Involving non-members

Discussion in 'General Baptist Discussions' started by Salty, Aug 3, 2009.

  1. Salty

    Salty
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    In another thread, about getting and keeping 20-30 - it was recommended that you not worry about membership that much and let all help in things such as pass out bulletins, help in refreshments, and ect.

    Should the requirement of membership be only for offices such as deacon, teacher, trustee, ect.

    So what do you all say, should anyone helping, even "minor assistance" be required to be a member,
     
  2. Johnv

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    Generally, no. The moment a person walks into a church, they should be treated like family. If they wish to get involved into the church, so long as there are no character issues, then let them serve (there are always exceptions to that.

    I for the life of me can't imagine telling someone they can't pass out bulletins because they haven't gone through the membership process.
     
  3. rdwhite

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    If you never involve non-members in some capacity, they will probably never consider joining the church. The bi-laws of the church should specify who can be a member, the process of becoming a member, and the privileges of being a member. We do not allow non-members to hold offices or serve on committees, however we do allow them to participate in other areas, such as usher and hostess functions. If they qualify to be a member, I would certainly be talking with them about that. However, we have had several people who attend on a regular basis that would not qualify to be a member.
     
  4. preachinjesus

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    We ask for people who desire at deeper and more public levels of service and lay leadership to sign a membership covenant. Within that covenant are marks of accountability for those who sign.

    You don't have to sign it. But to serve in some of our areas we require it.

    We allow non-members to do a ton of stuff from saying hi! to people, to going on mission trips, to serving food at our shelter, etc etc

    But teaching, serving on the few committees we have, being part of the finance team, leading worship, and working with children and students require covenant membership.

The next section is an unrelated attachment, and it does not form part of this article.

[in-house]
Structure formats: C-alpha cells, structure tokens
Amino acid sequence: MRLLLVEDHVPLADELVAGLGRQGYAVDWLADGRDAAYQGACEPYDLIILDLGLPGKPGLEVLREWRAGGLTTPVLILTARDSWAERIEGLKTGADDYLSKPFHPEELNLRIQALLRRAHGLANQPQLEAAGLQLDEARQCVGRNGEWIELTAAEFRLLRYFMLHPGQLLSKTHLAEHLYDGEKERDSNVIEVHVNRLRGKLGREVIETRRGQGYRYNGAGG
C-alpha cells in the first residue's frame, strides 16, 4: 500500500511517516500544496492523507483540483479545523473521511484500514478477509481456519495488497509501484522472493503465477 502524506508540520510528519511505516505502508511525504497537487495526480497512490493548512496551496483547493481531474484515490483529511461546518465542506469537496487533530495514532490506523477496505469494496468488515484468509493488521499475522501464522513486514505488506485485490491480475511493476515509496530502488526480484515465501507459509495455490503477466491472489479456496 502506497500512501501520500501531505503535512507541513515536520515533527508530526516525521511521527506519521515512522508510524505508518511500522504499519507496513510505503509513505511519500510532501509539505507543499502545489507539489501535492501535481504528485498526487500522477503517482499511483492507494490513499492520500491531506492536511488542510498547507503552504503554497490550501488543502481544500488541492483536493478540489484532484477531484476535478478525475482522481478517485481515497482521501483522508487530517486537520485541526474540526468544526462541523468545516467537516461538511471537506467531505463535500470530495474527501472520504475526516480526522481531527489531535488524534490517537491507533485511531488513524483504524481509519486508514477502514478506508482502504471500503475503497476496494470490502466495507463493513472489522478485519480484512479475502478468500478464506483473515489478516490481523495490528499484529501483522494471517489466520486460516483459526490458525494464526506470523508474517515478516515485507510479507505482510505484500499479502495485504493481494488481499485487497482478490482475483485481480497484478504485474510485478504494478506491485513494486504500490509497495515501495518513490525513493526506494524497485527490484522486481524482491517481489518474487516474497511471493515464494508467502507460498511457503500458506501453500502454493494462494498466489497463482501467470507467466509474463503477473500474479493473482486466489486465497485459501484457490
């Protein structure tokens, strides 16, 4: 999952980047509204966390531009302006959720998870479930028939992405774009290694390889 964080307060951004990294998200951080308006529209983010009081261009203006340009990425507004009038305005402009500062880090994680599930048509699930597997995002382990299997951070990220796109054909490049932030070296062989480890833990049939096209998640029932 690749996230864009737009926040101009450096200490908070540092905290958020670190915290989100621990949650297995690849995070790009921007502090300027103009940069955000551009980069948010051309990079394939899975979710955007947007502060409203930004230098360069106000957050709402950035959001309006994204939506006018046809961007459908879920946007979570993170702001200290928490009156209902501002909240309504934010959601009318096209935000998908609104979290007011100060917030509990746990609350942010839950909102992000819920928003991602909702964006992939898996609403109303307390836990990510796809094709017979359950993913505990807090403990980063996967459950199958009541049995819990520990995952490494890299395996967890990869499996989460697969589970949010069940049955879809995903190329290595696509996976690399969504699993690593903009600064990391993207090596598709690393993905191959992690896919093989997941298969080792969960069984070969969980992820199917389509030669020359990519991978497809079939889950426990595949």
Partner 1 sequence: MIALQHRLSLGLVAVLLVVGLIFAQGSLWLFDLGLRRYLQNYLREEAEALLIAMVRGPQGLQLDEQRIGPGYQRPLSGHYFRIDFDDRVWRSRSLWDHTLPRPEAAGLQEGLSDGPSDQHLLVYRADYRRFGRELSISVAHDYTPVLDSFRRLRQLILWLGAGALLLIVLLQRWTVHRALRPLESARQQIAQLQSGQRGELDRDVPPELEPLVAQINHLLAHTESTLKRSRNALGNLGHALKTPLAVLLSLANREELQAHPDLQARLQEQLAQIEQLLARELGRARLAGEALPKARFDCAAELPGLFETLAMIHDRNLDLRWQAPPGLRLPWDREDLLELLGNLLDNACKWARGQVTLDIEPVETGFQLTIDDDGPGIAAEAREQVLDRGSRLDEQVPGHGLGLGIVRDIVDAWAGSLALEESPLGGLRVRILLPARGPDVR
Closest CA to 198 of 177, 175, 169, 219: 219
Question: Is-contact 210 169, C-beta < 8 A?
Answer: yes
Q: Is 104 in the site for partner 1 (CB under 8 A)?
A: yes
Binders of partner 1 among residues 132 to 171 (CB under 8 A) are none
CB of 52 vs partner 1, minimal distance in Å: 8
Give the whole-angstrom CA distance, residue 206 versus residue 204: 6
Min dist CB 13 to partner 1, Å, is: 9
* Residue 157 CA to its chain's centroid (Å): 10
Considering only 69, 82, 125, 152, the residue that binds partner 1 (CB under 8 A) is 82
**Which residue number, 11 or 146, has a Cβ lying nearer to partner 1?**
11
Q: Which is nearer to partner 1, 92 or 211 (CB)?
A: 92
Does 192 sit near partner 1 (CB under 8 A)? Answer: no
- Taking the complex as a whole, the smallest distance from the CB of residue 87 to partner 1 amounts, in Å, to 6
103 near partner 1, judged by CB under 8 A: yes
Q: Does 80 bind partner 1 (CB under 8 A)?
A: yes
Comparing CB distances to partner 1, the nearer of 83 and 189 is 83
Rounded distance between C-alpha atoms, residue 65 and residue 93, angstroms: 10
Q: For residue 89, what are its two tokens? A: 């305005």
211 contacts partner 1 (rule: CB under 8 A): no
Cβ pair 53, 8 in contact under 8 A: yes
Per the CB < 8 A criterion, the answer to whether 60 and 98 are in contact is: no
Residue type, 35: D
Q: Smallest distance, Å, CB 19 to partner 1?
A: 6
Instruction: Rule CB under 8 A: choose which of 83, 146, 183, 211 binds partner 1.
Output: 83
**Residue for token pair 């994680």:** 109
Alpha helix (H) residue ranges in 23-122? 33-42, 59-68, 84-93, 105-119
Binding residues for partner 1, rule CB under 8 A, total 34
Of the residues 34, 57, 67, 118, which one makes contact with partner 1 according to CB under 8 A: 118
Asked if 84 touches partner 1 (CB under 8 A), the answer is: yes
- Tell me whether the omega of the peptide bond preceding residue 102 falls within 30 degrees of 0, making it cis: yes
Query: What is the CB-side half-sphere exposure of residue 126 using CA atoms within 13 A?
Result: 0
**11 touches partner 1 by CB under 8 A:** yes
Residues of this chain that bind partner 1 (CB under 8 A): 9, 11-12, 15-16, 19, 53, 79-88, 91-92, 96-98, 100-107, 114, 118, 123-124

We have most all of our areas of serving and volunteering associated with a membership level. In our publications we indicate wher higher levels are needed (we don't get technical its pretty laid back in the wording.) It is for their protection, our protection, and to ensure we have a trusted community.

    Might not work for your community, but it does for our community. :)
     
  5. Marcia

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    I think any ongoing assistance should be done by members only (I'm not talking about bringing food to a church dinner or helping out at events like that).

    The main reason for this is, imo, that you do not want the influence of people in the church who may not subscribe to the church's statement of faith. What if the church unwittingly allows someone with a view of the Bible or Christianity that departs seriously from the church's doctrine? This could be a huge problem.

    Additionally, if the person is not a member, there is no accountability or way to discipline them.
     
  6. Tom Butler

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    I think Marcia sums up my viewpoint quite nicely.

    But, preachinjesus makes some good points as well.
     
  7. Dale-c

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    I am very active in my church and I am not a member. I have been an usher, I have read the scripture in the morning service. I played my trumpet one service with the congregation and I also manage the sermons on the church website.

    Now, the reason I am not a member is that I have only been here a few months and this church does not accept new members until they have been around for a while.

    But see the reason I am not a member is their decision at this point. I am sure if I refused membership because I did not agree with the church's confession that would be another problem.

    But I should add that I do not have a place of leadership. and I won't I am sure until long after I am a member if ever.
     
  8. Tom Butler